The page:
Session Title: Genetics and Genomics of Rheumatic Diseases
Session Type: Abstract Submissions (ACR)
Background/Purpose: In Genome-Wide Association Studies (GWAS), the performance of the genotyping algorithm is crucial to identify new SNPs associated to disease risk. Recently, new methods have been developed to exploit SNP-oriented microarrays in order to genotype Copy Number Variations (CNVs), albeit with a reduced performance compared to SNPs. In this study we present CNstream2, a method for both SNP and CNV genotyping that achieves a superior accuracy compared to other established methods. In addition, we have identified several new CNV loci that are in high linkage disequilibrium (LD) with SNPs previously associated to rheumatic diseases.
Methods: CNstream2 is a substantially improved version of our previous CNstream software which achieves a superior accuracy in both SNP and CNV genotyping compared to other well-established methods (i.e. GenoSNP/GenCall for SNP genotyping and PennCNV/QuantiSNP for CNV genotyping). All these improvements have been assessed in different Illumina platforms using public microarray data from HapMap samples. SNP genotypes from the 1000 Genomes Project (1KGP) and CNV genotypes from recent studies using CNV-oriented technologies have been used as golden standards for performance comparisons. In order to show the power of CNstream2, we performed a correlation analysis between SNPs associated with rheumatic diseases reported by the GWAS catalog and the CNVs identified by CNstream2 over the same HapMap samples using HumanOmni1 data. All the CNV loci that obtained an r2>0.7 (N=16) were reported in this study.
Results: CNstream2 obtained a high performance both on SNP and CNV genotyping. When assessing SNP genotyping accuracy, CNstream2 obtained an average gain of 0.20% with respect to GenoSNP and GenCall (representing a gain of 1,000-2000 genotyped SNPs per GWAS). On the other hand, when comparing CNV calls obtained by CNstream2, PennCNV and QuantiSNP within previously characterized CNV loci, CNstream2 exceeded by an average of 20% the number of correctly captured loci compared to its competitors. The LD analysis between SNPs associated to rheumatic diseases and CNVs detected by CNstream2 revealed 16 highly correlated SNP-CNV pairs. From these, 11 pairs were located in the HLA region and were associated to several rheumatic diseases. Given the strong correlation of the CNV with the disease risk SNP, additional functional studies exploring its relevance are warranted. Outside the HLA region, 5 new CNVs from loci associated with rheumatological diseases were identified. From these, a previously unidentified intronic deletion in Rheumatoid Arthritis risk gene PADI4, showed a strong association.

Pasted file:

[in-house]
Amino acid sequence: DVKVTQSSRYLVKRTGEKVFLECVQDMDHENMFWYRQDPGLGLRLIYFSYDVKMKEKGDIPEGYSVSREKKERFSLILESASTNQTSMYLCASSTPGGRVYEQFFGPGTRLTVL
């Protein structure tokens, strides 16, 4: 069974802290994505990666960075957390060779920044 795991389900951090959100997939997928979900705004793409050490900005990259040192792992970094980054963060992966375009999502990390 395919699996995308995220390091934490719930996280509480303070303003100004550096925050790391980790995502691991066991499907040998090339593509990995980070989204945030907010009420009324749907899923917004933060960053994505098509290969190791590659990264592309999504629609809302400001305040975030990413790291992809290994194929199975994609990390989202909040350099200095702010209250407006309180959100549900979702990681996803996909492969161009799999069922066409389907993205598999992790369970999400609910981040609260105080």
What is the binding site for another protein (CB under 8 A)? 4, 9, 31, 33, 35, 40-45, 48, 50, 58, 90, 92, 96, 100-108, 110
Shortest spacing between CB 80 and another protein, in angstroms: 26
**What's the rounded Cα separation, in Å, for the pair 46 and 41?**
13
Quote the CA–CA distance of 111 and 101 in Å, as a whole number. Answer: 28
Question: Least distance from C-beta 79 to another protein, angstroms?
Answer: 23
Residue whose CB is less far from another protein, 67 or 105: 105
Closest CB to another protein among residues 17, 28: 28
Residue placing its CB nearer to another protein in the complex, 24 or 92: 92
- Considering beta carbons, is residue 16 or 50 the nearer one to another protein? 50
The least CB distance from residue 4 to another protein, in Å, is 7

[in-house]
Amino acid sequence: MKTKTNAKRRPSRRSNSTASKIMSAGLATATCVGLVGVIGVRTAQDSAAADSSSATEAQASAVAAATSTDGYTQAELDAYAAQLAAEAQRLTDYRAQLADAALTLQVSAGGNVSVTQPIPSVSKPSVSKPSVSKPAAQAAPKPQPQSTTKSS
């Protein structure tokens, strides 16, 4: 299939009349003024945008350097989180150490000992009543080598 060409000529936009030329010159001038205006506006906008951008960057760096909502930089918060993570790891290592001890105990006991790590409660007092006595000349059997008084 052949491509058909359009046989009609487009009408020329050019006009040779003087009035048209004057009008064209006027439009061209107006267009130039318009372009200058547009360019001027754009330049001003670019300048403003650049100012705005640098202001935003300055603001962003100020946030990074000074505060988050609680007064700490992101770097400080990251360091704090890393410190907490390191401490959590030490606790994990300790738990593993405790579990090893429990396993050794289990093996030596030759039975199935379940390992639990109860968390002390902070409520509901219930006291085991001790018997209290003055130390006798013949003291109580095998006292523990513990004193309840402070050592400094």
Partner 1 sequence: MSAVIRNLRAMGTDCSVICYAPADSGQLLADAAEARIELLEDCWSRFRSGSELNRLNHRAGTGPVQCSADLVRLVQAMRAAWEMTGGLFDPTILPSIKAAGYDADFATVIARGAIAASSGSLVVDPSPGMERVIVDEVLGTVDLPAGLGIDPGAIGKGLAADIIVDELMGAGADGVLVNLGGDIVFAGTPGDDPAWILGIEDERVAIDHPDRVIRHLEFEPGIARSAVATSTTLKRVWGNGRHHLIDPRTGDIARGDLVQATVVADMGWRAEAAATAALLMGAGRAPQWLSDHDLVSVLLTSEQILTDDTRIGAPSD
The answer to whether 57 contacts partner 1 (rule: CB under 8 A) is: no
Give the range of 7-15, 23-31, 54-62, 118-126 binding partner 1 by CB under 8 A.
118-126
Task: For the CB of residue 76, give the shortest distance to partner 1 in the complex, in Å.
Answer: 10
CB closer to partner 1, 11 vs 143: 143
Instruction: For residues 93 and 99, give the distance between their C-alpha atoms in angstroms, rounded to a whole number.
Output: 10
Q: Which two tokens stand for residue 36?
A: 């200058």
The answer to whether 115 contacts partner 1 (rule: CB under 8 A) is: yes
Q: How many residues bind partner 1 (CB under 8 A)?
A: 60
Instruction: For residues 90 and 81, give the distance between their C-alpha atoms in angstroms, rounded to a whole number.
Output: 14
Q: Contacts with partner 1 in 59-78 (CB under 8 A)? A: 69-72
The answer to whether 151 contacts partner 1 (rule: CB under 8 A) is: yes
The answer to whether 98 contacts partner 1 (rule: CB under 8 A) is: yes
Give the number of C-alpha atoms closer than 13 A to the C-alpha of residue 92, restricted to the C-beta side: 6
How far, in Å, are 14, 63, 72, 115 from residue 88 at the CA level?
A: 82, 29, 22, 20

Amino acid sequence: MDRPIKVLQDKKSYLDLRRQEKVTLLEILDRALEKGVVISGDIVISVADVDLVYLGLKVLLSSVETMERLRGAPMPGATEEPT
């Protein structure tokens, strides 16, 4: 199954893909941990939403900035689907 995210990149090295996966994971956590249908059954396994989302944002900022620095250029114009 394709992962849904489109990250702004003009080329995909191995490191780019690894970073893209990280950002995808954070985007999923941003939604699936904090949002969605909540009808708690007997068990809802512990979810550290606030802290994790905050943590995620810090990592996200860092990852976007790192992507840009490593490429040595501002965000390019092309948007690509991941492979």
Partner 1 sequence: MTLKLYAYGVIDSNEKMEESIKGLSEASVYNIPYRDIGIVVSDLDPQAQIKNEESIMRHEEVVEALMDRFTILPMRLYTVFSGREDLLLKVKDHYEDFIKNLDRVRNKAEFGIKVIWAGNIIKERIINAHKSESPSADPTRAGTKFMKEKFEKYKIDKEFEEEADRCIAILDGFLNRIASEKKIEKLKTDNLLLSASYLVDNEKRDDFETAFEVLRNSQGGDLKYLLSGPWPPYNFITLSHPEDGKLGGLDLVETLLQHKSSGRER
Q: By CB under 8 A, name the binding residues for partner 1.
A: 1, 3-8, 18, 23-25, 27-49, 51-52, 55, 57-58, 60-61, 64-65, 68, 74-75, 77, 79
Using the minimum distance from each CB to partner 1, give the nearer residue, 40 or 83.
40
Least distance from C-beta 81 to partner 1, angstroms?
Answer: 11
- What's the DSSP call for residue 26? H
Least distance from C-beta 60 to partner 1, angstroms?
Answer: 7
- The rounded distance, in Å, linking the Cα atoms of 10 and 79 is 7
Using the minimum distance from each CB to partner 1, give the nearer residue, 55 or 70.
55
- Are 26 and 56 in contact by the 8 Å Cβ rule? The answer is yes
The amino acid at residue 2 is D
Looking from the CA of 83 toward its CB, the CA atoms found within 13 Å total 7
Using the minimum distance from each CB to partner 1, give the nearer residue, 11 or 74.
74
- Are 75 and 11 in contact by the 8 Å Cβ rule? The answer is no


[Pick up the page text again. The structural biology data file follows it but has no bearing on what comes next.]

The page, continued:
Conclusion: After an exhaustive evaluation of CNstream2 performance we can conclude that this new software tool provides an unprecedented accuracy both in SNP and CNV genotyping. Using CNStream2 on publicly available data, we have identified new CNVs on loci previously associated to rheumatological diseases which could likely explain the observed disease risk association.
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ACR Meeting Abstracts - https://acrabstracts.org/abstract/cnstream2-improved-snp-and-cnv-genotyping-reveals-new-loci-associated-with-rheumatic-diseases/